Dissemination of technology (technology transfer)

In the context of non-monetary benefit-sharing a lot of emphasis is put by Contracting Parties on the importance of private-public partnerships and pre-breeding and the availability of such pre-developed material under the Multilateral System of the International Treaty. Pre-breeding work and making such improved breeding material available for the breeding community is part of collaborative efforts related to technology transfer and capacity building. Private companies in many countries actively participate in such projects by contributing their expertise, facilities and also in many cases part of the budget of the project.

Nordic pre-breeding projects

A major initiative on pre-breeding/disease resistance breeding has been initiated in the Nordic countries, with support from the Nordic Council of Ministers. Pre-breeding projects were launched in spring barley, apples (disease resistance pre-breeding) and perennial ryegrass (adaptation to changing climatic conditions).

The projects are financed according to a public-private partnership (PPP) agreement with 50% public funding and 50% funding from participating companies. The companies financing part can be (partly) in kind contribution. The R&D work of the projects will be executed at Nordic Agricultural Universities as well as at the R&D/Breeding Departments of participating companies. The total budget for these PPP-projects is approx. € 1.1 million, split 50/50% public/private.

Pre-breeding lines generated in this project will be shared between the participating companies as well as being handed over to the Nordic Gene Bank (NordGen) collection and thereby accessible to the rest of the global breeding community.

The launch year of this PPP initiative was 2011 – to end in 2013 but due to good progress the project has been extended to continue also during2014. A new launch of Nordic PPP-initiatives is foreseen in autumn 2014.


Contact person for more information: Swedish Seed Trade Association – Per Henriksson (per.henriksson@svuf.se)



In the past 25 years, various fodder grasses have been successfully evaluated in co-operation with the gene banks (perennial ryegrass, meadow fescue, smooth meadow grass etc.).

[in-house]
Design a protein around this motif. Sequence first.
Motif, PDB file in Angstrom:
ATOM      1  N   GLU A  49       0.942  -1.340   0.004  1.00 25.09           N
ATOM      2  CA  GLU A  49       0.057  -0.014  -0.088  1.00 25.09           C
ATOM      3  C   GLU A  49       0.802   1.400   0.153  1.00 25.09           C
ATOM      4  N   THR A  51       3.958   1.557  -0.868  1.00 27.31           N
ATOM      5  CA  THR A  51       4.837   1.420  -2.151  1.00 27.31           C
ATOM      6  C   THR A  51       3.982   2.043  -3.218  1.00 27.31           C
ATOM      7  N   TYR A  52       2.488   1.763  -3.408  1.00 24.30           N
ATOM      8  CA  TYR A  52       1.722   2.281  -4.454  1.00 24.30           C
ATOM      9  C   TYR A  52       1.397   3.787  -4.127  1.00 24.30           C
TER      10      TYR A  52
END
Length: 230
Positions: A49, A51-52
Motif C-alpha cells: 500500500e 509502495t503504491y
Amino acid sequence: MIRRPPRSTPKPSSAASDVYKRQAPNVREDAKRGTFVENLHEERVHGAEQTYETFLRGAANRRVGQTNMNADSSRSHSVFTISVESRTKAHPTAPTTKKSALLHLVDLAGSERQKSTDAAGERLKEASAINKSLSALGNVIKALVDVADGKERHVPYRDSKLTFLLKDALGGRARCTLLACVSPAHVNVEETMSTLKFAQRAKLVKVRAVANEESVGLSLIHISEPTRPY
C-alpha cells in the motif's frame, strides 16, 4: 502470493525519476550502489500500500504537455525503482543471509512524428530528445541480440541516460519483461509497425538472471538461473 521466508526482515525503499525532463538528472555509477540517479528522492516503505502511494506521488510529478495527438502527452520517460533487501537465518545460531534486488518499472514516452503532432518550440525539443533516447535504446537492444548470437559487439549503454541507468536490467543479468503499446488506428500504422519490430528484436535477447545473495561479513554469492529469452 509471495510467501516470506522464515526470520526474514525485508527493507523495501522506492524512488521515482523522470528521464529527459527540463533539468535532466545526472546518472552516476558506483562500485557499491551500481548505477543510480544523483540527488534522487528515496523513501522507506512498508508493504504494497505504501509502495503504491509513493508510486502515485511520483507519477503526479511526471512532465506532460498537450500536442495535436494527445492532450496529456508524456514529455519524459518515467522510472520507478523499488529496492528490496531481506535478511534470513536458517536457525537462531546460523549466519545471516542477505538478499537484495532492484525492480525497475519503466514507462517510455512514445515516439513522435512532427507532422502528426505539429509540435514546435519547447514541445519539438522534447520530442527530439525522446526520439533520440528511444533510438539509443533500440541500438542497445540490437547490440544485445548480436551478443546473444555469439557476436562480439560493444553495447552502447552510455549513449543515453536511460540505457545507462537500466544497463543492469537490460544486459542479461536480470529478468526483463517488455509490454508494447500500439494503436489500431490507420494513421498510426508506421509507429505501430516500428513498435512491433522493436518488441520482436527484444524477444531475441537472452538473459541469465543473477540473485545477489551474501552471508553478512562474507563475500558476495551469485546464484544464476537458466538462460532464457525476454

These research approaches have been devised as public-private-partnerships in which a set of grass genotypes is sent to be evaluated to several partners (plant breeders and research institutions). The results of the evaluation have been included in the descriptive database. 


Contact person for more information: gfpi@bdp-online.de


EVA project

Back in the mid 1990s, scientists and plant breeders jointly founded the German evaluation program EVA for barley and wheat. The program is designed to evaluate genotypes preserved in gene banks or used in research projects for disease resistance against a set of harmonized criteria.

The project has been coordinated by the Institute for Research in Resistance and Stress Tolerance of the Julius Kühn Institute in Quedlinburg.

The results will be published in a database that will be availablefor the use of scientists, plant breeders and the greater public.


Contact person for more information: hans-ulrich.leistner@jki.bund.de


RUSTFIGHT: Meeting the New Challenges from Infectious Rust Fungi on Crop Plants

Aggressive Danish P. striiformis isolates are used to screen for novel resistance-genes in wheat genetic material from the international institutions ICARDA and CIMMYT.

Resistant and generally susceptible lines have been crossed. Resistance genes in yellow rust resistance-phenotyped doublehapoids are mapped based on existing wheat maps using SNP and SSR markers.

New identified molecular markers which are linked to rust resistance genes are valuable in marker-assisted selection in the wheat breeding, allowing for example to combine several resistance genes by gene pyramiding.

The wheat material containing new resistance to yellow rust will be of great importance not only for the European wheat growers but also for a number of other wheat growing countries worldwide. Grown varieties are stored in NordGen.


Project partners: Sejet Plant Breeding, Aarhus University, Copenhagen University